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Soul Food Feast honors Black History Month

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Traditional soul foods such as fried chicken, barbeque ribs, chitterlings (chitlins), cornbread, mac and cheese, collard greens, sweet potatoes and other dishes will be served.

Pastor+Deonte+Jackson+of+First+Baptist+Church+of+Huntington%2C+left+and+Priscilla+Adjei-Baffour%2C+pharmacy+student+enjoy+dinner+during+the+Center+for+African+American+Studies%E2%80%99+Soul+Food+Fest+Feb.+9%2C+2014+in+the+Memorial+Student+Center.
Pastor Deonte Jackson of First Baptist Church of Huntington, left and Priscilla Adjei-Baffour, pharmacy student enjoy dinner during the Center for African American Studies’ Soul Food Fest Feb. 9, 2014 in the Memorial Student Center.

Pastor Deonte Jackson of First Baptist Church of Huntington, left and Priscilla Adjei-Baffour, pharmacy student enjoy dinner during the Center for African American Studies’ Soul Food Fest Feb. 9, 2014 in the Memorial Student Center.

Emily Rice

Emily Rice

Pastor Deonte Jackson of First Baptist Church of Huntington, left and Priscilla Adjei-Baffour, pharmacy student enjoy dinner during the Center for African American Studies’ Soul Food Fest Feb. 9, 2014 in the Memorial Student Center.

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Marshall University is honoring Black History Month with the annual Soul Food Feast at 2 p.m. Sunday in the John Marshall Dining Room.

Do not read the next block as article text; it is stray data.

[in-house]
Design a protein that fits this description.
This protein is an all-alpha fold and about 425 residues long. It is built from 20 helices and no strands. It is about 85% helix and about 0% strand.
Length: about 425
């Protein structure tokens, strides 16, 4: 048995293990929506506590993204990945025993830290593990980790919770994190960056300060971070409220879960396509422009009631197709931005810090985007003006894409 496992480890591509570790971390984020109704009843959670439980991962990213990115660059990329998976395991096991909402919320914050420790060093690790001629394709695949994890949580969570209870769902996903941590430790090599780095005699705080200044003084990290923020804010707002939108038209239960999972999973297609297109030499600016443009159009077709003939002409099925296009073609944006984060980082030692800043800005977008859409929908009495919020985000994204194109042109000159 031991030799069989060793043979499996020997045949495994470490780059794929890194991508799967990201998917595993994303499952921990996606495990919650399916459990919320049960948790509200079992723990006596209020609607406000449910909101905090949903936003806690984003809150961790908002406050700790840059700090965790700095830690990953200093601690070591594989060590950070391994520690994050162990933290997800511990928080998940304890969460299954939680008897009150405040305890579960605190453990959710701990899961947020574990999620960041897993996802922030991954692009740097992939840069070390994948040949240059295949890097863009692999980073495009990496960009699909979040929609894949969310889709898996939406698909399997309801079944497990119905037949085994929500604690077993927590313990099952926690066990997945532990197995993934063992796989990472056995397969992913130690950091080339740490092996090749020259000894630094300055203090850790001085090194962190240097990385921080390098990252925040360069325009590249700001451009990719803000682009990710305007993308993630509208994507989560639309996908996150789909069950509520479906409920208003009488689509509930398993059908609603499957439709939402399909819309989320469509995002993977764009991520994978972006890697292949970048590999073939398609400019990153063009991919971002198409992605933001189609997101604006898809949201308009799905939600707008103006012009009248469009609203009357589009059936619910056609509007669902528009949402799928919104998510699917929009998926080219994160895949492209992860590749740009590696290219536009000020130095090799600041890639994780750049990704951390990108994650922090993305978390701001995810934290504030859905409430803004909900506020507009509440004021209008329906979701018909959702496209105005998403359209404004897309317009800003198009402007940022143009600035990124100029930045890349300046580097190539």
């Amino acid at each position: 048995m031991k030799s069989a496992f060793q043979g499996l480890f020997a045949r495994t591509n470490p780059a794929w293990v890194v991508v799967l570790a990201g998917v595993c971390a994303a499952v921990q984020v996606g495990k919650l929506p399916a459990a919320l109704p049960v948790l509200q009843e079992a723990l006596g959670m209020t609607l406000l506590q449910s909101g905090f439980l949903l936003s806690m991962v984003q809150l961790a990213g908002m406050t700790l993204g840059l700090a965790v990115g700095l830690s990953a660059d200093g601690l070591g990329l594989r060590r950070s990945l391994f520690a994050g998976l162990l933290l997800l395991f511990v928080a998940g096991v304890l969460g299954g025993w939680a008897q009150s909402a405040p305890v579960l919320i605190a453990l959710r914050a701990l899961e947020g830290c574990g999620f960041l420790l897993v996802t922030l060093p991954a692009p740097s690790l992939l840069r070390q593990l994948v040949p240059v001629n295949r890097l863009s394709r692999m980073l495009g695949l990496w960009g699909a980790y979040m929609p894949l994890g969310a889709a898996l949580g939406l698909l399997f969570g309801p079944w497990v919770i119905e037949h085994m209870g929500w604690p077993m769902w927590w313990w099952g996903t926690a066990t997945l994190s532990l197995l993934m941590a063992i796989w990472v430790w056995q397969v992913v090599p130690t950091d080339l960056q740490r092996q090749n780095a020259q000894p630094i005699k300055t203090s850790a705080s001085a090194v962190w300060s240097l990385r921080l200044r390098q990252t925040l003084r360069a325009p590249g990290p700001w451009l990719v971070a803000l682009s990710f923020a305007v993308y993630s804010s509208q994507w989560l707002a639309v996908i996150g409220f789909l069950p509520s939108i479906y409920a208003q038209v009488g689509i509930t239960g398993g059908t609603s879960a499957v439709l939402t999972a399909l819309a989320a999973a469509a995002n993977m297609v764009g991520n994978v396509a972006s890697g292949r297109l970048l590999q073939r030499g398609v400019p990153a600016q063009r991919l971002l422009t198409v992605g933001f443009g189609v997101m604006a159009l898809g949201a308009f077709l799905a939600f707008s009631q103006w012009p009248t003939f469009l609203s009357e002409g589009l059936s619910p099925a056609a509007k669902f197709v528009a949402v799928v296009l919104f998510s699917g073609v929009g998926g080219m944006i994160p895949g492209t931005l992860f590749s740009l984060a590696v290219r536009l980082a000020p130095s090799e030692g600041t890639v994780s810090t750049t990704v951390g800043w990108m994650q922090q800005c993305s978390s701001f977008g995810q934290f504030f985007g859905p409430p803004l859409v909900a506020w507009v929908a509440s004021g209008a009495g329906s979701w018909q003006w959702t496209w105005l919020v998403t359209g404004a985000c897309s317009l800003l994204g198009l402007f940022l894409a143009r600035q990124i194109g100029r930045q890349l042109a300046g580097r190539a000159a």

Maurice Cooley, associate vice president of intercultural affairs, said the event has been sponsored by the Center for African-American Students for more than 25 years.

“Among several of the celebrations for Black History Month, this is one of the most enjoyable for the community,” Cooley said.

Traditional soul foods such as fried chicken, barbeque ribs, chitterlings (chitlins), cornbread, mac and cheese, collard greens, sweet potatoes and other dishes will be served.

This strengthens the cohesion of the family.”

— Maurice Cooley

“For hundreds of years African-Americans have been faith-oriented people,” Cooley said. Cooley said traditionally an African-American family would congregate at Grandma’s after church for dinner and these are the foods that would be served.

“This strengthens the cohesion of the family,” Cooley said.

The event is celebrated during Black History Month, not only because it is an African-American tradition, but also because soul foods originated with slavery.

When a plantation family ate pig and threw the body away, there were still edible parts left over and slaves would cook the intestines.

The final meal is called chitterlings, or chitlins. This technique is still used today.

The event gives students on campus an opportunity to skip the dining hall and have a home-cooked, buffet style meal.

Adult tickets are $15, and children and student tickets are $7.

Caitlin Fowlkes can be contacted at [email protected]

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